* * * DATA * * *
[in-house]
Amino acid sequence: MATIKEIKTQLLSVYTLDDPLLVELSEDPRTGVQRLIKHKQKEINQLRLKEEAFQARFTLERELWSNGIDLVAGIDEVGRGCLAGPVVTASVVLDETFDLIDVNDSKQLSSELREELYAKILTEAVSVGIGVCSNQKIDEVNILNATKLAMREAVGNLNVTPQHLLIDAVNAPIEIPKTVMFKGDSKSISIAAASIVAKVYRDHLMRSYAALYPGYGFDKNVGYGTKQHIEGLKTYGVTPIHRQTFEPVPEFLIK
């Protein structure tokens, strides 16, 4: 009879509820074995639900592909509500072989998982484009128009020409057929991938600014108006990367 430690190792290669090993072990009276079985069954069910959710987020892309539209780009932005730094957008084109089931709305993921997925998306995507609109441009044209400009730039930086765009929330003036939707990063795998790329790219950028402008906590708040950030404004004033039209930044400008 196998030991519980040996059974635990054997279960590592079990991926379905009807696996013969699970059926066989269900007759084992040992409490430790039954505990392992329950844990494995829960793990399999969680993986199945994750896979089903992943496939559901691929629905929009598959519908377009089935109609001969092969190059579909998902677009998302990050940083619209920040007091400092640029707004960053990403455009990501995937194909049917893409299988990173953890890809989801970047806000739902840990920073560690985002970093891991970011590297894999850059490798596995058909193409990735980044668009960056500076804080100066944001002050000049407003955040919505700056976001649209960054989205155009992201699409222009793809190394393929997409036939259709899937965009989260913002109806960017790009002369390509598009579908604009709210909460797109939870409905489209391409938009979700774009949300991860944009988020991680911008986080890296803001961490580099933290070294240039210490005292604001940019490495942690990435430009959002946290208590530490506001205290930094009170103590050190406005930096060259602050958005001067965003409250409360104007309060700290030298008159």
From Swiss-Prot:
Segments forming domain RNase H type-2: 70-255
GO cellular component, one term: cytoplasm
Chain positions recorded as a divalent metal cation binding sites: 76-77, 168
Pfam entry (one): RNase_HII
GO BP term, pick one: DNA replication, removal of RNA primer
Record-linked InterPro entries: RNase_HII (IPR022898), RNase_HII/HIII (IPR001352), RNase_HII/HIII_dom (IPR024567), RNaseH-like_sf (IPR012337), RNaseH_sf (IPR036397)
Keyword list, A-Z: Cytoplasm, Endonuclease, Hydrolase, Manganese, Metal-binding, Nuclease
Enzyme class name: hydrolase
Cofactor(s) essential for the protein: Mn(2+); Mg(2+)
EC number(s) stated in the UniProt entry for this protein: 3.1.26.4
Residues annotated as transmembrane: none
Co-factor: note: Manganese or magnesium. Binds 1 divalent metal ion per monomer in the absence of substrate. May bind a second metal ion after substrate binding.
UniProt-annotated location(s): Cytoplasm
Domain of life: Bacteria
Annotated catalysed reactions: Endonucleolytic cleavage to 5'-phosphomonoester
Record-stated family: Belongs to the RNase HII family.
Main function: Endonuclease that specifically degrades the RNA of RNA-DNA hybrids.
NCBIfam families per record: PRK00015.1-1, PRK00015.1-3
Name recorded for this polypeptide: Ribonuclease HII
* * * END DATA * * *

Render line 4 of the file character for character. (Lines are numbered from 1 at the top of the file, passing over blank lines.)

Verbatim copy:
From Swiss-Prot: